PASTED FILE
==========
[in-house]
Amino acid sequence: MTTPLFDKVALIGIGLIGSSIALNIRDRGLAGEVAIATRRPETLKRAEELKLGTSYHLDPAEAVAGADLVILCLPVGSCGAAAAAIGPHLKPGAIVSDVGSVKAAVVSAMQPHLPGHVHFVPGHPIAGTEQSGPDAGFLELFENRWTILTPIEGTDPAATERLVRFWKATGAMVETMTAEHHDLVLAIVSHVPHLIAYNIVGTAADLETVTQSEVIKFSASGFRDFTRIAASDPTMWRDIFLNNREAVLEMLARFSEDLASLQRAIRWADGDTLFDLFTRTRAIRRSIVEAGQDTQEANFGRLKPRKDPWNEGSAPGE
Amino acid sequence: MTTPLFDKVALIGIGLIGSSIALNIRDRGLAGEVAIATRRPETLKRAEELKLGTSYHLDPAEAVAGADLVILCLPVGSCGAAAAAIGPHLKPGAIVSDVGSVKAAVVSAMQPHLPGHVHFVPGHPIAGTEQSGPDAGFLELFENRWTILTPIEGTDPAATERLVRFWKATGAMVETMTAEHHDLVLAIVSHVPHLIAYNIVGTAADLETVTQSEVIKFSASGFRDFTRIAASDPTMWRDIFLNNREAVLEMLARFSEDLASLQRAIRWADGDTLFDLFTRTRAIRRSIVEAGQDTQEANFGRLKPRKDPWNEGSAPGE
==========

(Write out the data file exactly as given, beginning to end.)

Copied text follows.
[in-house]
Amino acid sequence: MTTPLFDKVALIGIGLIGSSIALNIRDRGLAGEVAIATRRPETLKRAEELKLGTSYHLDPAEAVAGADLVILCLPVGSCGAAAAAIGPHLKPGAIVSDVGSVKAAVVSAMQPHLPGHVHFVPGHPIAGTEQSGPDAGFLELFENRWTILTPIEGTDPAATERLVRFWKATGAMVETMTAEHHDLVLAIVSHVPHLIAYNIVGTAADLETVTQSEVIKFSASGFRDFTRIAASDPTMWRDIFLNNREAVLEMLARFSEDLASLQRAIRWADGDTLFDLFTRTRAIRRSIVEAGQDTQEANFGRLKPRKDPWNEGSAPGE
Amino acid sequence: MTTPLFDKVALIGIGLIGSSIALNIRDRGLAGEVAIATRRPETLKRAEELKLGTSYHLDPAEAVAGADLVILCLPVGSCGAAAAAIGPHLKPGAIVSDVGSVKAAVVSAMQPHLPGHVHFVPGHPIAGTEQSGPDAGFLELFENRWTILTPIEGTDPAATERLVRFWKATGAMVETMTAEHHDLVLAIVSHVPHLIAYNIVGTAADLETVTQSEVIKFSASGFRDFTRIAASDPTMWRDIFLNNREAVLEMLARFSEDLASLQRAIRWADGDTLFDLFTRTRAIRRSIVEAGQDTQEANFGRLKPRKDPWNEGSAPGE